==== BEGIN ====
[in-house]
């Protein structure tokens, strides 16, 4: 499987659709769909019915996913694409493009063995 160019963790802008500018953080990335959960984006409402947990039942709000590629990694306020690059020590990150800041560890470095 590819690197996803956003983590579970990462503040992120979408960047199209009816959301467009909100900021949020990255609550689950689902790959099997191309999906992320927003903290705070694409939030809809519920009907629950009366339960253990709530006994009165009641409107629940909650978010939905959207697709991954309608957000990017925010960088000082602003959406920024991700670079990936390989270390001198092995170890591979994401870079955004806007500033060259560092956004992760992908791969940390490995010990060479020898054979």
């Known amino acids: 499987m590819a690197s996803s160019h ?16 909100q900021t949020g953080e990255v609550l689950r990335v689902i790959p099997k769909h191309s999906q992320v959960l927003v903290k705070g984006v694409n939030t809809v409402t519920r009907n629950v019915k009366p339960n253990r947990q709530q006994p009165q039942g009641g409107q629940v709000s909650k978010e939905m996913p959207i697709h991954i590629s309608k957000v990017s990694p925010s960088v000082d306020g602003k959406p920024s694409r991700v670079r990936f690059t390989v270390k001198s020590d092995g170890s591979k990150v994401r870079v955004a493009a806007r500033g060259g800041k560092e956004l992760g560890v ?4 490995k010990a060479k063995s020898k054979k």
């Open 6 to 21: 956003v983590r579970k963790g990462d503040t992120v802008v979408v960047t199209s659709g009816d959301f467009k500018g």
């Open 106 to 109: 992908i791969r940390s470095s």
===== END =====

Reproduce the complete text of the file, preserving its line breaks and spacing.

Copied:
[in-house]
């Protein structure tokens, strides 16, 4: 499987659709769909019915996913694409493009063995 160019963790802008500018953080990335959960984006409402947990039942709000590629990694306020690059020590990150800041560890470095 590819690197996803956003983590579970990462503040992120979408960047199209009816959301467009909100900021949020990255609550689950689902790959099997191309999906992320927003903290705070694409939030809809519920009907629950009366339960253990709530006994009165009641409107629940909650978010939905959207697709991954309608957000990017925010960088000082602003959406920024991700670079990936390989270390001198092995170890591979994401870079955004806007500033060259560092956004992760992908791969940390490995010990060479020898054979």
């Known amino acids: 499987m590819a690197s996803s160019h ?16 909100q900021t949020g953080e990255v609550l689950r990335v689902i790959p099997k769909h191309s999906q992320v959960l927003v903290k705070g984006v694409n939030t809809v409402t519920r009907n629950v019915k009366p339960n253990r947990q709530q006994p009165q039942g009641g409107q629940v709000s909650k978010e939905m996913p959207i697709h991954i590629s309608k957000v990017s990694p925010s960088v000082d306020g602003k959406p920024s694409r991700v670079r990936f690059t390989v270390k001198s020590d092995g170890s591979k990150v994401r870079v955004a493009a806007r500033g060259g800041k560092e956004l992760g560890v ?4 490995k010990a060479k063995s020898k054979k």
């Open 6 to 21: 956003v983590r579970k963790g990462d503040t992120v802008v979408v960047t199209s659709g009816d959301f467009k500018g």
């Open 106 to 109: 992908i791969r940390s470095s």